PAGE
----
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July 11, 2007 by Michael Croal Michael Croal

Banks Lack a Focus on Maximum Performance Utilization

According to research by our firm, Cornerstone Advisors, the average $1 billion bank spends roughly $2.6 million a year on technology, but does the average bank really generate an adequate return on this spending? Today, I would like to introduce a new phrase I coined – partly because I have never coined a phrase before, but mostly because not knowing this phrase could be costing you hundreds of thousands of dollars per year. Are you ready? It’s Maximum Performance Utilization or “MPU”. MPU measures the leverage a bank is achieving by effectively utilizing all the features and capabilities of your bank’s business applications that are both precious and annoying. Here’s a quick maturity model I’d suggest for MPU scoring categories:

MPU
Score
Description
20% Only basic, Level I tasks are utlized; redundant data entry from/to other systems
40% Advanced Level II features known by a few; limited integration with other systems
60% Proficient and regular Level II feature usage; spots of integration with little duplicate data entry; solid procedure manuals and training programs
80% All users regularly accessing Level III functionality; high degree of system integration; no duplicate data entry; certification-based training
100% Unattainable with greater than 0% turnover

As an example, consider all of the functionality built into the hated but popular MS Office application Word. In general, maybe 10% of MS Office features are used by most people. Sadly, most employees have no idea what the other 90% of that functionality is or how to effectively use it to make word processing more efficient. In your bank, try to name three Word-users that can build and imbed a table of contents, format a mail merge, and perform calculations in a table. Tough isn’t it? I would wager that the MPU for Word in most banks on a scale of 1-100 is around 30. (I don’t think even Redmond gets 100 for Word. There is just so much garbage in it.) The same can be said for most departmental applications.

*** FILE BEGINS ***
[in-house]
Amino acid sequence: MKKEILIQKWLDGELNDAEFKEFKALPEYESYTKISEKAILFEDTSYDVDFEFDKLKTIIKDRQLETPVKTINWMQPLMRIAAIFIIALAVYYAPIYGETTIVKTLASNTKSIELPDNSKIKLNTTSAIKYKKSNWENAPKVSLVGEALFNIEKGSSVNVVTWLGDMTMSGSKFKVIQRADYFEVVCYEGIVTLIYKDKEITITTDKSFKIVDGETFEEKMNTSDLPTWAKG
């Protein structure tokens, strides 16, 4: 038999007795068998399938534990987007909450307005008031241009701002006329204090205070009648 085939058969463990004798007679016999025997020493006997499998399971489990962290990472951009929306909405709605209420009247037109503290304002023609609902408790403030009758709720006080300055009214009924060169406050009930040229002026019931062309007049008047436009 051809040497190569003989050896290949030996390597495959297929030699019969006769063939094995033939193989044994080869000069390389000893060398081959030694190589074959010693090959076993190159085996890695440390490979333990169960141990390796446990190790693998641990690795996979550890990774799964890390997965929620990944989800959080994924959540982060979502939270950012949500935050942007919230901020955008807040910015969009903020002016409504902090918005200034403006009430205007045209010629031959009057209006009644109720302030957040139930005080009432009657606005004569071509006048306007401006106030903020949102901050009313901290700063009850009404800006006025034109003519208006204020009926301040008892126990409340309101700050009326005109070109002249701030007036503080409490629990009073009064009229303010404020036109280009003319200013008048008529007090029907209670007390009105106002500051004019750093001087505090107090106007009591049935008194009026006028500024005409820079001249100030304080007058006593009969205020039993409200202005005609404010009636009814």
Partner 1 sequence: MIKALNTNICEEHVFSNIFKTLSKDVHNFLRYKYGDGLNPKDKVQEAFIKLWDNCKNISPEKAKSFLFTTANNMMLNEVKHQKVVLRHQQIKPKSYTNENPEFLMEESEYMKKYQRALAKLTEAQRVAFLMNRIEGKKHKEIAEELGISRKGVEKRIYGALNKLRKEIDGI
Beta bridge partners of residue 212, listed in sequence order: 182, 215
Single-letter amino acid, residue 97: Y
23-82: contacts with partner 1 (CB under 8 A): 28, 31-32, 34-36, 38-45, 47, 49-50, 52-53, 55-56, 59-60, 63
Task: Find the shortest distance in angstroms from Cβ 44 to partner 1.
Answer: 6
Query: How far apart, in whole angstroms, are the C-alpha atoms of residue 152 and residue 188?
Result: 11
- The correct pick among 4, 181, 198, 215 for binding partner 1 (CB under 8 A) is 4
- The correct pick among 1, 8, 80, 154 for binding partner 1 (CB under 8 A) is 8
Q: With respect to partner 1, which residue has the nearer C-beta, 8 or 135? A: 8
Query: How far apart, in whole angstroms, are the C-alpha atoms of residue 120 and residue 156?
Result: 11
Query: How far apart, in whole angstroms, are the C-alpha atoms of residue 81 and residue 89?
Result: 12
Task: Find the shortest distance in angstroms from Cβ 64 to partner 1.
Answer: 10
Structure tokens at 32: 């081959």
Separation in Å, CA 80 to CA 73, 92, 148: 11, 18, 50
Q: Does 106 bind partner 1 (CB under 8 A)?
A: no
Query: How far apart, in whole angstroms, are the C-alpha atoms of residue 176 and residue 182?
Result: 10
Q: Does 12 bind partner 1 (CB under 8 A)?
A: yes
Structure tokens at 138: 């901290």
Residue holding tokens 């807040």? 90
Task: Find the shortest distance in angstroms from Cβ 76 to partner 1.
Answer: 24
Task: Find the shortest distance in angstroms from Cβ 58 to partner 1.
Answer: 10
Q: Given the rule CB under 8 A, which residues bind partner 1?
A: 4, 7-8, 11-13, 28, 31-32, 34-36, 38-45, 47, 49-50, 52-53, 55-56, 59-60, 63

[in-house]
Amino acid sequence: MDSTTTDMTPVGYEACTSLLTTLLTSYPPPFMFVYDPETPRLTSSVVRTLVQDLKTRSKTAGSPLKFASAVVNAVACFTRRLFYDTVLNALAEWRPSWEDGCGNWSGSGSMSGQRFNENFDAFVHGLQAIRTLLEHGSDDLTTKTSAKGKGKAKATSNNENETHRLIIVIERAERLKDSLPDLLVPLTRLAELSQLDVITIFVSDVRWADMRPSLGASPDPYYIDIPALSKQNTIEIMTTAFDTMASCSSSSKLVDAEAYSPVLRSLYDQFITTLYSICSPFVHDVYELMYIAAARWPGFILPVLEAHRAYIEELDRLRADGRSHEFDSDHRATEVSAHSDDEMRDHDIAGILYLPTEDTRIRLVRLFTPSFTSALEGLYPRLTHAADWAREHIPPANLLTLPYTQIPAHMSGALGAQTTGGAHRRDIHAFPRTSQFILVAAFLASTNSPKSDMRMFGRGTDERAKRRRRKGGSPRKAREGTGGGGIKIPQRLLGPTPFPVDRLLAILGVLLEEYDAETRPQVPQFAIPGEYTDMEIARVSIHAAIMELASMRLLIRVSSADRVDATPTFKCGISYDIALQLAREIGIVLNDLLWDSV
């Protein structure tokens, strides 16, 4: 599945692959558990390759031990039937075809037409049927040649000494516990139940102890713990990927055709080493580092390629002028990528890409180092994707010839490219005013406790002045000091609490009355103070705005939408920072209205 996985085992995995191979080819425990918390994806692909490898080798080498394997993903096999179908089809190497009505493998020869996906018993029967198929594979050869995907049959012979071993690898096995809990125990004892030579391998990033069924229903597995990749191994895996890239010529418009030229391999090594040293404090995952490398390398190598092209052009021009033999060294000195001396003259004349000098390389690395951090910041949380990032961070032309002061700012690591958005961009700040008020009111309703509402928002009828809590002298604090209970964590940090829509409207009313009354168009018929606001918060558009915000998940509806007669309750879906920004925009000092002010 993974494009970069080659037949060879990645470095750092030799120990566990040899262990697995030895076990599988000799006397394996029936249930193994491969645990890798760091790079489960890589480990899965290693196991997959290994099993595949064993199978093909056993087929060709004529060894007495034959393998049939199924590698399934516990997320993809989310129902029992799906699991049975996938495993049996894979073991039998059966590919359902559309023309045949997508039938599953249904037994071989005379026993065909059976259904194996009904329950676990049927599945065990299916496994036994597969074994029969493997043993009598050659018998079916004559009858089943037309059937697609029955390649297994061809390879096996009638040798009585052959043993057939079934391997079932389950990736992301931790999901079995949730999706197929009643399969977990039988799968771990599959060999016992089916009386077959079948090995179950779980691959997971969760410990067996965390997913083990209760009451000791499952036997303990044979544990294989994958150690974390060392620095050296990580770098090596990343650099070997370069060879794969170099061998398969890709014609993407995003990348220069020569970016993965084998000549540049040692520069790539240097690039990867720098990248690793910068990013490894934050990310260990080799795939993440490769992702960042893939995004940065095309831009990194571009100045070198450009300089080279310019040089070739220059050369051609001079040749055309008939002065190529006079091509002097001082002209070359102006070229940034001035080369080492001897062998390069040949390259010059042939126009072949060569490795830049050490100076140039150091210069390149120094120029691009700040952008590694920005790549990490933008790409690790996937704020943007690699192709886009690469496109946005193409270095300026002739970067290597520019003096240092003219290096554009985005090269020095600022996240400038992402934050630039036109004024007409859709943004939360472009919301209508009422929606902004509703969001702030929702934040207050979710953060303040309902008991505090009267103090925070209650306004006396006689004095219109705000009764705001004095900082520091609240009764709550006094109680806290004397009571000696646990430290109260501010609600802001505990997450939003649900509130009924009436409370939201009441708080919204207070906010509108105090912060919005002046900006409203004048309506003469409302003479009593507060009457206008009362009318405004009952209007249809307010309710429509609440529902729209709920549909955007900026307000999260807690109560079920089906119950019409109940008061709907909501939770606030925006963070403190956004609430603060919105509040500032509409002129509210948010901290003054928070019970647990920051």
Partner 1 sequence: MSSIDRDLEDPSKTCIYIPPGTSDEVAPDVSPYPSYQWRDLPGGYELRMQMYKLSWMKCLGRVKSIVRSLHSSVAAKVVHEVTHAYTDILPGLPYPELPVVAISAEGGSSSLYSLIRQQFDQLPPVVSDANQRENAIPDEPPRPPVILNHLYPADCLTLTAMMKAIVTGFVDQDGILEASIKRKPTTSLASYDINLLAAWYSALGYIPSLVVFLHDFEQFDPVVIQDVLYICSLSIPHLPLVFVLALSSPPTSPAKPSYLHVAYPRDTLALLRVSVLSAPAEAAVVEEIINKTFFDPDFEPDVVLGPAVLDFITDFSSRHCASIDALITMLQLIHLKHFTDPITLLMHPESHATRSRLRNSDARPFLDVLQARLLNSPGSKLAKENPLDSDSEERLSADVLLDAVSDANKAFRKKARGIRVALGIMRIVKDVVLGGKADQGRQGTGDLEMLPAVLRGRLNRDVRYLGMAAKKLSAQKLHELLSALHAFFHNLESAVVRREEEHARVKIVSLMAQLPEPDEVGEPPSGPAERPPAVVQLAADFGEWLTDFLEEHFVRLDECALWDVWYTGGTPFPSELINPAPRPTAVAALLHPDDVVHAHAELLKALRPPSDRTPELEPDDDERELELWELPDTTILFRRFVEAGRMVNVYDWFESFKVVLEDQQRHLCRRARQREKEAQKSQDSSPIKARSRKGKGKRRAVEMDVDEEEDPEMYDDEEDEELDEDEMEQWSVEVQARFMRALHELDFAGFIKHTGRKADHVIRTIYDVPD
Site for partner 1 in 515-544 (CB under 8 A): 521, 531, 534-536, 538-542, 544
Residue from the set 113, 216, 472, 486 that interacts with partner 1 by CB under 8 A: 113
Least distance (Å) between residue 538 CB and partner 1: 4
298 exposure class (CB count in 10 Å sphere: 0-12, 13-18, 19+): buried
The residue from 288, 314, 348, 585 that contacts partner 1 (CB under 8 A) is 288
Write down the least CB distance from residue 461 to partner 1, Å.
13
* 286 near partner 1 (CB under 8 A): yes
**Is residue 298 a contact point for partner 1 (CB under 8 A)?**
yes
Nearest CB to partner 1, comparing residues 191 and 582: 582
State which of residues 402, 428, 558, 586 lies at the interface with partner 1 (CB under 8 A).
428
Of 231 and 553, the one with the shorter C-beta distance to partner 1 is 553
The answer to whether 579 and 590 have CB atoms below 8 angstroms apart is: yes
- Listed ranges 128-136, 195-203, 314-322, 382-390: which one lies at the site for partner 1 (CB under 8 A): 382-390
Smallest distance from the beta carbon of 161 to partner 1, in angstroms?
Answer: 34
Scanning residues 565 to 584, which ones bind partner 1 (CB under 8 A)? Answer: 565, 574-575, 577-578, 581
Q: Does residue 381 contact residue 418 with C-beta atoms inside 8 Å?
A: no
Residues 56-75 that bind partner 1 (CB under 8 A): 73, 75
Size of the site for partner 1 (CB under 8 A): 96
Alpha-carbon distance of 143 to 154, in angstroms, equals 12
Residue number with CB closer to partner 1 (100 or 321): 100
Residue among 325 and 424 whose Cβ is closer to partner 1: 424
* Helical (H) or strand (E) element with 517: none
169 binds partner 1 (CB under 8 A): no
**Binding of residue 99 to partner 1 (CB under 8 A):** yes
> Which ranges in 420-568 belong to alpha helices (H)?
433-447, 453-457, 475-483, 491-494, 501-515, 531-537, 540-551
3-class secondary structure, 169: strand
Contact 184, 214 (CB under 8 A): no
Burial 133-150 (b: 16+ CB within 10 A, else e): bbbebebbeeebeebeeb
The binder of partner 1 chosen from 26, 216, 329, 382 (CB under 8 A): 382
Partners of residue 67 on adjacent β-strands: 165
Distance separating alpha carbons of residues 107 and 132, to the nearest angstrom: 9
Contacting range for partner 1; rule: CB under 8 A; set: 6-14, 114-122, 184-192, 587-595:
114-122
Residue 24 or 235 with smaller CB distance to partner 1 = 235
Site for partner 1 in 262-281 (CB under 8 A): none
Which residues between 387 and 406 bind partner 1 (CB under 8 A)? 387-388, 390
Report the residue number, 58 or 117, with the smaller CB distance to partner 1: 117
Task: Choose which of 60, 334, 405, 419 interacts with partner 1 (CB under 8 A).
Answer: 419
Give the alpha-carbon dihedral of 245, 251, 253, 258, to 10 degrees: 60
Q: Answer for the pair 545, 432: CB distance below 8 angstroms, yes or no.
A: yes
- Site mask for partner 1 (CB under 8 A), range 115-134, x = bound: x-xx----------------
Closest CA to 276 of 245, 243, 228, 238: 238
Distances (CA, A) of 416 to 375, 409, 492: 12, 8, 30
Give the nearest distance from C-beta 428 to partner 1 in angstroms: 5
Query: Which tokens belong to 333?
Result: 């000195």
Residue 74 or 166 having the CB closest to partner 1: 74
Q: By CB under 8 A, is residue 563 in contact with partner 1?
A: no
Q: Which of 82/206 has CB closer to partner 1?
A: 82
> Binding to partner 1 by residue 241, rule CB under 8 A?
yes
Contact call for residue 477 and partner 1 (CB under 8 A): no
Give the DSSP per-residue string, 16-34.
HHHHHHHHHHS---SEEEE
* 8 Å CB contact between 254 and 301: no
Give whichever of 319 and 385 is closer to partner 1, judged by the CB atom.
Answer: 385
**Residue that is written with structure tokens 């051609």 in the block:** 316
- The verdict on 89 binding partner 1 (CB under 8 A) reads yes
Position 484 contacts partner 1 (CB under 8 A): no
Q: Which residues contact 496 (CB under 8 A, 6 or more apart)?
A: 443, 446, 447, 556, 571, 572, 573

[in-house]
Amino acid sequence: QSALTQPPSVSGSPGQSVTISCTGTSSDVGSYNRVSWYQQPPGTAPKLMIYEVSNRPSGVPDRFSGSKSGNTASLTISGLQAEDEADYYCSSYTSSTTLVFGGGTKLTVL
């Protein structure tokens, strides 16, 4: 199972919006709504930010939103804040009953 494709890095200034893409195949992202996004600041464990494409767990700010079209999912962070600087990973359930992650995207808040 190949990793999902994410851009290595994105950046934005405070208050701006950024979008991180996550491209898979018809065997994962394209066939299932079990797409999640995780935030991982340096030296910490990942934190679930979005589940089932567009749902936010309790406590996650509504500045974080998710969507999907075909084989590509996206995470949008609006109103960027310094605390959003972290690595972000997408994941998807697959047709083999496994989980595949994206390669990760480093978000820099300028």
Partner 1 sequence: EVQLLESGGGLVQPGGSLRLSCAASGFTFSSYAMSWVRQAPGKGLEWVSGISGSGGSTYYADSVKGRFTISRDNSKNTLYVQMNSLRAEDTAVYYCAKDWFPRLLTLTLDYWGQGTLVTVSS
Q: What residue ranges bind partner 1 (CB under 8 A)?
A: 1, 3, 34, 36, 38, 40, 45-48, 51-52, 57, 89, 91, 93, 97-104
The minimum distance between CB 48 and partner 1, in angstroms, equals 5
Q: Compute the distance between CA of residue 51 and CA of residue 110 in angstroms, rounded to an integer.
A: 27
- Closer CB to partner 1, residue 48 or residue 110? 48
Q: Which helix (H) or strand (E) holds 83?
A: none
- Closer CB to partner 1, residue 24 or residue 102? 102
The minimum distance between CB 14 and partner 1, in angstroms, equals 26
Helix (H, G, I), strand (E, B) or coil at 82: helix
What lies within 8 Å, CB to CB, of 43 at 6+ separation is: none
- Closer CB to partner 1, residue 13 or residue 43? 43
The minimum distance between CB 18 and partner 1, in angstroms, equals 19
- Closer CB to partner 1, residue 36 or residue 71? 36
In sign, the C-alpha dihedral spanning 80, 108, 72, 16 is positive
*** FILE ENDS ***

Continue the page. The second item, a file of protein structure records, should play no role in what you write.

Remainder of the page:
Banks today are infested with software applications like kudzu on a Carolina pine. Don’t believe me? Ask the IT manager to produce a list of supported applications by department. Take the loan operation’s list to the department manager. Lead with the typical blah blah blah about system capacity restraints, staffing shortages and competing projects and tell the manager that two of the programs needs to be de-installed and not replaced. Expect freakage. The truth is, departments don’t appreciate the complexity of running multiple systems but they also believe they cannot live without every one of them. But how effectively are they being used? The MPU score will tell.

Don’t know what you don’t know
To find the root cause of the functional knowledge abyss, let us examine how most projects involving departmental system installations are tackled. Some companies have a departmental business analyst, who is involved in the system selection and implementation process and works with the vendor and internal technical staff to get the system installed and operational. At the end of the day, the analyst trains the department in a two-hour training session. After a few days or weeks of follow-up support, the analyst is on to the next project. Consider your bank lucky if a procedure manual is created before the first upgrade is installed.

Meanwhile, back in operations, 40% turnover results in a new wave of clerks that receive third or fourth generation training. And there you go….knowledge dilution. All of the Level III stuff like efficiency, automation, data mining, institutional memory, etc., that sold the project to management is forgotten. Using the system to get Level I tasks completed results in a 20 MPU. A few years later the bank is ringing up the consultants for a process improvement gig or a new system selection.

Focus, focus, focus